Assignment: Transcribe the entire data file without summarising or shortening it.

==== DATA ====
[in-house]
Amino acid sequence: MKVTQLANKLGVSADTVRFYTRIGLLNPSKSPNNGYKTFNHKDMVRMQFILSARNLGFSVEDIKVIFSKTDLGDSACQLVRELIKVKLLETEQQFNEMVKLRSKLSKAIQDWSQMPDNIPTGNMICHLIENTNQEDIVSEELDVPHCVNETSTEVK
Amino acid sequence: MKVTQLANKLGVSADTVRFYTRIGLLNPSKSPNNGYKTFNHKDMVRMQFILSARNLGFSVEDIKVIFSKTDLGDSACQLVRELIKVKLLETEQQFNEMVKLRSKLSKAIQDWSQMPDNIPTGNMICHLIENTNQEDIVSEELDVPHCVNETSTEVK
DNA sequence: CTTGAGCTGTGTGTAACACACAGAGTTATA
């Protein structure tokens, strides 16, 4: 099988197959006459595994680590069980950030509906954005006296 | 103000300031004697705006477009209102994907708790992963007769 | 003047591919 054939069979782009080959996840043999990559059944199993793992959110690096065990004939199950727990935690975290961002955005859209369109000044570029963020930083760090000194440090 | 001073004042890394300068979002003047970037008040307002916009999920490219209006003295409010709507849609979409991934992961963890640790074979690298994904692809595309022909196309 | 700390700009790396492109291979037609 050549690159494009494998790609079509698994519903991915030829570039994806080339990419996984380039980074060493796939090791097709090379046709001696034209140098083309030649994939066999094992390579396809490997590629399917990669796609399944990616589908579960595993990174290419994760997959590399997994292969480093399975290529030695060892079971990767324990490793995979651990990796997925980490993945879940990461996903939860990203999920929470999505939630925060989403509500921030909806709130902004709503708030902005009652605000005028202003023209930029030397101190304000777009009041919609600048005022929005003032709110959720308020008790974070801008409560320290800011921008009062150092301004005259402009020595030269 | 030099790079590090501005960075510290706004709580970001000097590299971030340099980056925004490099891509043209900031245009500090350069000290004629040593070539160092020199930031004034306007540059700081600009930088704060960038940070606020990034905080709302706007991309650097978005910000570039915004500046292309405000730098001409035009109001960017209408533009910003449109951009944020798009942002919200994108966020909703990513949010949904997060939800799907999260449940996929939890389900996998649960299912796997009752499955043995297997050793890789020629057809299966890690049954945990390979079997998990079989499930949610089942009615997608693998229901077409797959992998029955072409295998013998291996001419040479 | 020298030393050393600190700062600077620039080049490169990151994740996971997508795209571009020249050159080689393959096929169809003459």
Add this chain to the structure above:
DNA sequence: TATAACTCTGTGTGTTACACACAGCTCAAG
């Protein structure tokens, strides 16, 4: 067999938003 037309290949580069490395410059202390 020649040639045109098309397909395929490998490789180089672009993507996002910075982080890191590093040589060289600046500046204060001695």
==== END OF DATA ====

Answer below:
[in-house]
Amino acid sequence: MKVTQLANKLGVSADTVRFYTRIGLLNPSKSPNNGYKTFNHKDMVRMQFILSARNLGFSVEDIKVIFSKTDLGDSACQLVRELIKVKLLETEQQFNEMVKLRSKLSKAIQDWSQMPDNIPTGNMICHLIENTNQEDIVSEELDVPHCVNETSTEVK
Amino acid sequence: MKVTQLANKLGVSADTVRFYTRIGLLNPSKSPNNGYKTFNHKDMVRMQFILSARNLGFSVEDIKVIFSKTDLGDSACQLVRELIKVKLLETEQQFNEMVKLRSKLSKAIQDWSQMPDNIPTGNMICHLIENTNQEDIVSEELDVPHCVNETSTEVK
DNA sequence: CTTGAGCTGTGTGTAACACACAGAGTTATA
């Protein structure tokens, strides 16, 4: 099988197959006459595994680590069980950030509906954005006296 | 103000300031004697705006477009209102994907708790992963007769 | 003047591919 054939069979782009080959996840043999990559059944199993793992959110690096065990004939199950727990935690975290961002955005859209369109000044570029963020930083760090000194440090 | 001073004042890394300068979002003047970037008040307002916009999920490219209006003295409010709507849609979409991934992961963890640790074979690298994904692809595309022909196309 | 700390700009790396492109291979037609 050549690159494009494998790609079509698994519903991915030829570039994806080339990419996984380039980074060493796939090791097709090379046709001696034209140098083309030649994939066999094992390579396809490997590629399917990669796609399944990616589908579960595993990174290419994760997959590399997994292969480093399975290529030695060892079971990767324990490793995979651990990796997925980490993945879940990461996903939860990203999920929470999505939630925060989403509500921030909806709130902004709503708030902005009652605000005028202003023209930029030397101190304000777009009041919609600048005022929005003032709110959720308020008790974070801008409560320290800011921008009062150092301004005259402009020595030269 | 030099790079590090501005960075510290706004709580970001000097590299971030340099980056925004490099891509043209900031245009500090350069000290004629040593070539160092020199930031004034306007540059700081600009930088704060960038940070606020990034905080709302706007991309650097978005910000570039915004500046292309405000730098001409035009109001960017209408533009910003449109951009944020798009942002919200994108966020909703990513949010949904997060939800799907999260449940996929939890389900996998649960299912796997009752499955043995297997050793890789020629057809299966890690049954945990390979079997998990079989499930949610089942009615997608693998229901077409797959992998029955072409295998013998291996001419040479 | 020298030393050393600190700062600077620039080049490169990151994740996971997508795209571009020249050159080689393959096929169809003459």
Add this chain to the structure above:
DNA sequence: TATAACTCTGTGTGTTACACACAGCTCAAG
């Protein structure tokens, strides 16, 4: 067999938003 037309290949580069490395410059202390 020649040639045109098309397909395929490998490789180089672009993507996002910075982080890191590093040589060289600046500046204060001695």